Many analysts anticipated China's balance-of-trade figures for May would be OK, but the customs numbers reported Sunday were better than that expectation: Year on year, the country's exports rose 15.3 percent, and its imports rose 12.1 percent.
To put these figures in perspective, the comparable numbers for April were 4.9 percent and 0.3 percent, respectively, according to the Associated Press.
Meanwhile, China's trade surplus widened a bit to $18.7 billion in May from $18.4 billion in April.
However, other Chinese economic data on May released this weekend have painted a more pastel picture of current conditions.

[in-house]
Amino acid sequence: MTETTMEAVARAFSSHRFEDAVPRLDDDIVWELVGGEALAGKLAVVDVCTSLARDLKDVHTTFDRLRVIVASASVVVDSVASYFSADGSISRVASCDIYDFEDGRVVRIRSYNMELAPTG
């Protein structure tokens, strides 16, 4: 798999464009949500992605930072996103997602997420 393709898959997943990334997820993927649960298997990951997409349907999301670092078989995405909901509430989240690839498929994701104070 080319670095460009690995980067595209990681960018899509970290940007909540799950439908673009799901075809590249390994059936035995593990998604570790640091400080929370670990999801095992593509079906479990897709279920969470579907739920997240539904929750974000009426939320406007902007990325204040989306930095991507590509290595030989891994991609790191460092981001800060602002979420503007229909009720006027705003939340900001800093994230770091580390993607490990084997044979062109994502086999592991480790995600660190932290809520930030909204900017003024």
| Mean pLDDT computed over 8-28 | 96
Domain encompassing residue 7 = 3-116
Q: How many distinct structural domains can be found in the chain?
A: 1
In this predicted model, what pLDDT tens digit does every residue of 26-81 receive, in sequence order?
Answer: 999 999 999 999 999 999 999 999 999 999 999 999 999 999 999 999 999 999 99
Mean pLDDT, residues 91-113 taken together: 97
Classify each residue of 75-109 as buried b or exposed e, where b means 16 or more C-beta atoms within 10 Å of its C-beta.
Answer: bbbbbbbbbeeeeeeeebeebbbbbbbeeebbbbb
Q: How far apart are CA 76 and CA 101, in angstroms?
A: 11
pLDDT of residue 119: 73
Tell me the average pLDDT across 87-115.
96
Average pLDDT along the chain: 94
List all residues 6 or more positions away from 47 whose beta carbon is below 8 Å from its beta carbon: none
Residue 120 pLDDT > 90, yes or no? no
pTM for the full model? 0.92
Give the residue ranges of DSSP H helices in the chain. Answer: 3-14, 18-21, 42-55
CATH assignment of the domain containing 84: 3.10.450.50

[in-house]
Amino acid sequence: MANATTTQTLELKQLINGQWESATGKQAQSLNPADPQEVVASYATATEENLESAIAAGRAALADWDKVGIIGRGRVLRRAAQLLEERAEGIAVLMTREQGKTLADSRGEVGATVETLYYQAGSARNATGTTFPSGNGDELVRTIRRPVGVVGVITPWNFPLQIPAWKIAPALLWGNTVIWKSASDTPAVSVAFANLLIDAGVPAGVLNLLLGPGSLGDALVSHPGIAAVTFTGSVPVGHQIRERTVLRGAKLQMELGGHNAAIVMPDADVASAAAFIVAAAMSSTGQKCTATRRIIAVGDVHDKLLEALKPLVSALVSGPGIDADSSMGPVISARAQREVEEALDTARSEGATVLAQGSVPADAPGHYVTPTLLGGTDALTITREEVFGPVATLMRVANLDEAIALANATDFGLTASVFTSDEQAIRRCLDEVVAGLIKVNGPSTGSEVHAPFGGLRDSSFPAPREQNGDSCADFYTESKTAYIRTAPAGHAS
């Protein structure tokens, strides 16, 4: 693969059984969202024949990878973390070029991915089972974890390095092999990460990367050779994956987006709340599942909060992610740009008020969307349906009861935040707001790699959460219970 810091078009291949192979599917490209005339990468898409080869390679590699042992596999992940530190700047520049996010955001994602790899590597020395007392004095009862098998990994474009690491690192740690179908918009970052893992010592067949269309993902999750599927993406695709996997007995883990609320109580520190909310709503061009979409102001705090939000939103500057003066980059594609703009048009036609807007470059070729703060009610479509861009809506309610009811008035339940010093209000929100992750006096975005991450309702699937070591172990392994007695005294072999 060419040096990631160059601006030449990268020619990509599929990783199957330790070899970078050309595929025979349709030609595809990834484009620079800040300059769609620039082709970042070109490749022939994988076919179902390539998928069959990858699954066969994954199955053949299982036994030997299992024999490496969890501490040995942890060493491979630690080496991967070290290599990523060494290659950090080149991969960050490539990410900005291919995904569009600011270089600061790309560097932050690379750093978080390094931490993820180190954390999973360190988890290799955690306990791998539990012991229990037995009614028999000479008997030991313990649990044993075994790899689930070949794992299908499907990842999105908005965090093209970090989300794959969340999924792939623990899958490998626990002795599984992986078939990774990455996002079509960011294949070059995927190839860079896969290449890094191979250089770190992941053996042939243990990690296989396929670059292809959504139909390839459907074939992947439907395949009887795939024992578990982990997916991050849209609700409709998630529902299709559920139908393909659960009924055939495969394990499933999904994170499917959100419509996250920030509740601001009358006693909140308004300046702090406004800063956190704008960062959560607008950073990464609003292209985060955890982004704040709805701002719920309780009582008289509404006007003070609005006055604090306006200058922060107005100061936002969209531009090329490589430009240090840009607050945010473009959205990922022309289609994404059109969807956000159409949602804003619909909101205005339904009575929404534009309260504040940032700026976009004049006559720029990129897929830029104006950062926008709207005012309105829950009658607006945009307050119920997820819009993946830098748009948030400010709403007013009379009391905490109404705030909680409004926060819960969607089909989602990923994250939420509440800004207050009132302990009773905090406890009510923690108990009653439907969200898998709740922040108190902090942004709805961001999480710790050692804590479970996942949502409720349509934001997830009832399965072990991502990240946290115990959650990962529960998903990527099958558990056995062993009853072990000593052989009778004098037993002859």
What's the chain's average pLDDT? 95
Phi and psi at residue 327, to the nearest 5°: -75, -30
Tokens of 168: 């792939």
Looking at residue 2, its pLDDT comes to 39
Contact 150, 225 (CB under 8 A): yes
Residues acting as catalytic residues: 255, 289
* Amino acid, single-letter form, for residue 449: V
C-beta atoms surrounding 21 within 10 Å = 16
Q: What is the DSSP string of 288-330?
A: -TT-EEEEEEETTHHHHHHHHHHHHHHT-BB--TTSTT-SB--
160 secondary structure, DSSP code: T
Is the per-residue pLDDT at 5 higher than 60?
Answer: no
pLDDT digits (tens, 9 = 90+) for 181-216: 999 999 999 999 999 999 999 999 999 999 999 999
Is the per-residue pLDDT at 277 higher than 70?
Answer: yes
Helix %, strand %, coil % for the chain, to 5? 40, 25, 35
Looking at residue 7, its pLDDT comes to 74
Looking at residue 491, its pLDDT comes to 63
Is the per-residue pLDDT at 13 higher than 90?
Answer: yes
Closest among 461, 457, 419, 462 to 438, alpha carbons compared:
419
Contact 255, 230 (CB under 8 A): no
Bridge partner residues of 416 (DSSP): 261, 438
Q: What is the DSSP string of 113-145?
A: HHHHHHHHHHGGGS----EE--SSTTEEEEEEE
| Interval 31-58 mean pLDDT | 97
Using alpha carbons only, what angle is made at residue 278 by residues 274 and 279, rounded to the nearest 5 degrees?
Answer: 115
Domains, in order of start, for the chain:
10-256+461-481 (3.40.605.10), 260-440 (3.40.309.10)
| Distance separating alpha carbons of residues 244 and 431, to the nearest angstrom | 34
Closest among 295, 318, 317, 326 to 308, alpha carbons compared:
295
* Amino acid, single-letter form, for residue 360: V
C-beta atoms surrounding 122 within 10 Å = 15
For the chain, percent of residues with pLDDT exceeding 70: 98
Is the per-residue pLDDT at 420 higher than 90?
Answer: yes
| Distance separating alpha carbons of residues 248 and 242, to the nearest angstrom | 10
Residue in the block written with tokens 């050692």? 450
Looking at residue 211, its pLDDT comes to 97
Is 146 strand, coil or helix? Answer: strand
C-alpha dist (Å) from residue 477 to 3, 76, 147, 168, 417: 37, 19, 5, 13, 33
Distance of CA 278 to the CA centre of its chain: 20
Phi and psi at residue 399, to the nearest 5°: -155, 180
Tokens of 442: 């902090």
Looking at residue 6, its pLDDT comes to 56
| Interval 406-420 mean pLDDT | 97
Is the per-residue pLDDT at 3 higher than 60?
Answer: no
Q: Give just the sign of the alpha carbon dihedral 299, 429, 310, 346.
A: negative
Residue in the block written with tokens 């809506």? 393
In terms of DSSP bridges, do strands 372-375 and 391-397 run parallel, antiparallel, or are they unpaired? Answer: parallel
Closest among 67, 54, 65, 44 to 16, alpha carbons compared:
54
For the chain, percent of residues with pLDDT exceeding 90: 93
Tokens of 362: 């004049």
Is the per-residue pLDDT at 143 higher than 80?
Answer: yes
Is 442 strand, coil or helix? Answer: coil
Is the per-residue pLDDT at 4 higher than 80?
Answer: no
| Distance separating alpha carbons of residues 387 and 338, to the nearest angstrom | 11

For examples, the country's industrial production climbed by only 9.6 percent -- less than 10 percent for the second consecutive month -- and retail sales increased the least in almost six years, excluding holiday-month distortions, Bloomberg News reported.
Nonetheless, "Trade is a bright spot in the weekend data," Wang Jun, a representative of the government-backed China Center for International Economic Exchanges, told Reuters.
Still, Wang added, "Monetary policy should continue to lean toward loosening."
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